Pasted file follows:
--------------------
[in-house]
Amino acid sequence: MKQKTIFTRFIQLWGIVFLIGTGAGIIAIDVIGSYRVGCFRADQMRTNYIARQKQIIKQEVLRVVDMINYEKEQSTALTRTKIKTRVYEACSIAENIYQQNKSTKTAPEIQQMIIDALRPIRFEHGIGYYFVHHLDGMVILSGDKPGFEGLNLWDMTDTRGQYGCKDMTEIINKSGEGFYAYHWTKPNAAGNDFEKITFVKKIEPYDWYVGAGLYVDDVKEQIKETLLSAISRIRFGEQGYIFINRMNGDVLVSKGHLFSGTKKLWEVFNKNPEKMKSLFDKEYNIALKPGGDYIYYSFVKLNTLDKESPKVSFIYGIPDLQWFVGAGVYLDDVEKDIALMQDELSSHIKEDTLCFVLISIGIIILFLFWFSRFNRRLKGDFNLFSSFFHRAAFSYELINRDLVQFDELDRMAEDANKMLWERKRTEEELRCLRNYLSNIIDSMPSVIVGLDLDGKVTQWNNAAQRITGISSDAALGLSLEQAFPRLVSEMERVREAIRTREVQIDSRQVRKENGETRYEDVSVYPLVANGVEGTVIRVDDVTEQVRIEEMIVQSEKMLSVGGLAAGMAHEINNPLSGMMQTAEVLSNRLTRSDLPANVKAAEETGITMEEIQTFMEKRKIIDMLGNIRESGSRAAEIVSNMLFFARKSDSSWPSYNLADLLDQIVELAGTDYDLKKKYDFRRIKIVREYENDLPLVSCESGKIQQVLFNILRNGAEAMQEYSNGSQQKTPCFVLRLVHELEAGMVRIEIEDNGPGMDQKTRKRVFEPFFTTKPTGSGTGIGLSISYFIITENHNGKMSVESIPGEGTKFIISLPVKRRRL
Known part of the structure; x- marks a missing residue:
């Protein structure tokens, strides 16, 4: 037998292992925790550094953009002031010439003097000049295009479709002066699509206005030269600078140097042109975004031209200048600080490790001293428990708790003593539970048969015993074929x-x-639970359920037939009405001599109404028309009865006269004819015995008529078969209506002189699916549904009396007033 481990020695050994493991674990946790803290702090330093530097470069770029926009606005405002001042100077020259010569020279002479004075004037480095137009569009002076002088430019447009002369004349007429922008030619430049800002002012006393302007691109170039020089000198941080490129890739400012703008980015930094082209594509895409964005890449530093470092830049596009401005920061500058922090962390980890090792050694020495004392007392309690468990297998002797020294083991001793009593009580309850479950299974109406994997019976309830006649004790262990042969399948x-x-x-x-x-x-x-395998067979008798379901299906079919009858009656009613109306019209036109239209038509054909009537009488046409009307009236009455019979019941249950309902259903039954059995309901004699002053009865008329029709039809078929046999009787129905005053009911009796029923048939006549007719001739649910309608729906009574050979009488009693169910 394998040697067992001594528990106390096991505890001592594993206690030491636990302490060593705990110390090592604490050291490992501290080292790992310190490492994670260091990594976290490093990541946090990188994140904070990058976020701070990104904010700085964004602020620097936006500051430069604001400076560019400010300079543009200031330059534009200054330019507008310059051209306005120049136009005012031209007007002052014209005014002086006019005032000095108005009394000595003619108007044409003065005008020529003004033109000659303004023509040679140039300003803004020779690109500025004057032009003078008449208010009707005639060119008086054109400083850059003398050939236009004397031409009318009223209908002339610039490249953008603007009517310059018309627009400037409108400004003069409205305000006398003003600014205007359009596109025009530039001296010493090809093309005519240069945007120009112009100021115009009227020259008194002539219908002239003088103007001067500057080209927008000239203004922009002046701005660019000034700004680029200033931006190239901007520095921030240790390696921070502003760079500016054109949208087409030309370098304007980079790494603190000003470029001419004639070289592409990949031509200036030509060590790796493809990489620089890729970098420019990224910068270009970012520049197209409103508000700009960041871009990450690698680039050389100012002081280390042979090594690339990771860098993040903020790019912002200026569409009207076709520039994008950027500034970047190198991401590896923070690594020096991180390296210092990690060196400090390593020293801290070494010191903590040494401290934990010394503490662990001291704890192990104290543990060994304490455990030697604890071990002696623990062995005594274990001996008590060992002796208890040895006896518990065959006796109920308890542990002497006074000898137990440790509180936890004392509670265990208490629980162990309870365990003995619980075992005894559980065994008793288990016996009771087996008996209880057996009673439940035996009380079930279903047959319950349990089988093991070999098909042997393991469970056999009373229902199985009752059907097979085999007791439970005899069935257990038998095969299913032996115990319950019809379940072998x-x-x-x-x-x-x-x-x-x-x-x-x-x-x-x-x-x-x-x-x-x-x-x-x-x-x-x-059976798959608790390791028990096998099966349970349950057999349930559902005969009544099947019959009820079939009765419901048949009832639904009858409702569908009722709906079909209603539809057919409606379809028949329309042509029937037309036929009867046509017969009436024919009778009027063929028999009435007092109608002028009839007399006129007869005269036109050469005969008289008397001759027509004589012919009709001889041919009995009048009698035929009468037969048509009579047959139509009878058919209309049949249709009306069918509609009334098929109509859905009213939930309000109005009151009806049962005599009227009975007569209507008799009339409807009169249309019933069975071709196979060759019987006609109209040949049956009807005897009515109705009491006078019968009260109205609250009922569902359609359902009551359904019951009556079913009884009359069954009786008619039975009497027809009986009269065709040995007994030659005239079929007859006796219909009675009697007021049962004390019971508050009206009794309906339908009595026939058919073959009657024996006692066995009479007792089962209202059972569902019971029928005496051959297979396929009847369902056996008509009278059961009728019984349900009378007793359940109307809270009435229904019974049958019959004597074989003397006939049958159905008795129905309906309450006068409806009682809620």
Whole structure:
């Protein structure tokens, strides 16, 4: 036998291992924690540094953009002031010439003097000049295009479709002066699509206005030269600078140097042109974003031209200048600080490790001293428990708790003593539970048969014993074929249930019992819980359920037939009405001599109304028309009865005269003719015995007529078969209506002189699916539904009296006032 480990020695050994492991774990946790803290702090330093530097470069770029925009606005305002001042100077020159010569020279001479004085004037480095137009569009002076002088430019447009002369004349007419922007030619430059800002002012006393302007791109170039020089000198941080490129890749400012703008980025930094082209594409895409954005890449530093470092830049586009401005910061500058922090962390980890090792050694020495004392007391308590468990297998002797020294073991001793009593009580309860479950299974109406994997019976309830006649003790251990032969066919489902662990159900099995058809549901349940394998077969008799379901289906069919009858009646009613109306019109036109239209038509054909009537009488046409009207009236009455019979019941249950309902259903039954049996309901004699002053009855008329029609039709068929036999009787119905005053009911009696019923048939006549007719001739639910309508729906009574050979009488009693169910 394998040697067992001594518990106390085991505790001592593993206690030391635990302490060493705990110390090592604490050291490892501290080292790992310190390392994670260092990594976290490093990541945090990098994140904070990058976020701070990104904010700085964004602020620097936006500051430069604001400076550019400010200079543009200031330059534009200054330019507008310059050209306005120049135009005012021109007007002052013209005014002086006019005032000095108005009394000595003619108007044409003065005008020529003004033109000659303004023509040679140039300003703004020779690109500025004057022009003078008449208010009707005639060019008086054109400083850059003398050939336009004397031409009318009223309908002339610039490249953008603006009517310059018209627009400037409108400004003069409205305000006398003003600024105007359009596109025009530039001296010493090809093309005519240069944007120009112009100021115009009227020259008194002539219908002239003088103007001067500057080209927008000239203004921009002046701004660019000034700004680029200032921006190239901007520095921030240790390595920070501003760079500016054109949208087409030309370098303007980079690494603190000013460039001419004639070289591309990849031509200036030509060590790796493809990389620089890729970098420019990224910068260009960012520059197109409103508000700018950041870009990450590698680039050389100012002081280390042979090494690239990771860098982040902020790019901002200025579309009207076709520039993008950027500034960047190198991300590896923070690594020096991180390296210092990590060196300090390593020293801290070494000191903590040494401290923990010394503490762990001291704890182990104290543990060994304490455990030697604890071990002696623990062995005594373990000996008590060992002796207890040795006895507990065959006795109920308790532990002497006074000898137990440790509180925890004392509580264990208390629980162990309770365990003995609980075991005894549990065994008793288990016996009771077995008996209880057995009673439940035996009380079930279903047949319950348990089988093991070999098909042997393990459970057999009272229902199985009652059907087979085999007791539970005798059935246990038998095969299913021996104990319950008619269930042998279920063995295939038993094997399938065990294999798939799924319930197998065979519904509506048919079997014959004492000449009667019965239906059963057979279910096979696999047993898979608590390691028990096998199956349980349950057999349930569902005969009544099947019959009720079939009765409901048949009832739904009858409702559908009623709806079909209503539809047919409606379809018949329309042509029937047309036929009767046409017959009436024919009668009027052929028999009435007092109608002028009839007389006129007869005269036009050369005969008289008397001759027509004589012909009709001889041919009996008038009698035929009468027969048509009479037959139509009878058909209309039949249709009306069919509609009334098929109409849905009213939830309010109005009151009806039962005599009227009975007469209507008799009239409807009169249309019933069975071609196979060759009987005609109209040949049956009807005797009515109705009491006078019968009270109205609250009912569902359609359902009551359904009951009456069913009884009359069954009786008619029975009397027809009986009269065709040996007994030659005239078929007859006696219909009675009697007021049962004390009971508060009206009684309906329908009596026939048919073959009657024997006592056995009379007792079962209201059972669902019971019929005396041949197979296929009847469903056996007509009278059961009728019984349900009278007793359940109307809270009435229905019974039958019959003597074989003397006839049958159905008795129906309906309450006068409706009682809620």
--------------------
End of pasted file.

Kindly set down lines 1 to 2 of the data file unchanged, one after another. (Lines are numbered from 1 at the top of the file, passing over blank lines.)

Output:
[in-house]
Amino acid sequence: MKQKTIFTRFIQLWGIVFLIGTGAGIIAIDVIGSYRVGCFRADQMRTNYIARQKQIIKQEVLRVVDMINYEKEQSTALTRTKIKTRVYEACSIAENIYQQNKSTKTAPEIQQMIIDALRPIRFEHGIGYYFVHHLDGMVILSGDKPGFEGLNLWDMTDTRGQYGCKDMTEIINKSGEGFYAYHWTKPNAAGNDFEKITFVKKIEPYDWYVGAGLYVDDVKEQIKETLLSAISRIRFGEQGYIFINRMNGDVLVSKGHLFSGTKKLWEVFNKNPEKMKSLFDKEYNIALKPGGDYIYYSFVKLNTLDKESPKVSFIYGIPDLQWFVGAGVYLDDVEKDIALMQDELSSHIKEDTLCFVLISIGIIILFLFWFSRFNRRLKGDFNLFSSFFHRAAFSYELINRDLVQFDELDRMAEDANKMLWERKRTEEELRCLRNYLSNIIDSMPSVIVGLDLDGKVTQWNNAAQRITGISSDAALGLSLEQAFPRLVSEMERVREAIRTREVQIDSRQVRKENGETRYEDVSVYPLVANGVEGTVIRVDDVTEQVRIEEMIVQSEKMLSVGGLAAGMAHEINNPLSGMMQTAEVLSNRLTRSDLPANVKAAEETGITMEEIQTFMEKRKIIDMLGNIRESGSRAAEIVSNMLFFARKSDSSWPSYNLADLLDQIVELAGTDYDLKKKYDFRRIKIVREYENDLPLVSCESGKIQQVLFNILRNGAEAMQEYSNGSQQKTPCFVLRLVHELEAGMVRIEIEDNGPGMDQKTRKRVFEPFFTTKPTGSGTGIGLSISYFIITENHNGKMSVESIPGEGTKFIISLPVKRRRL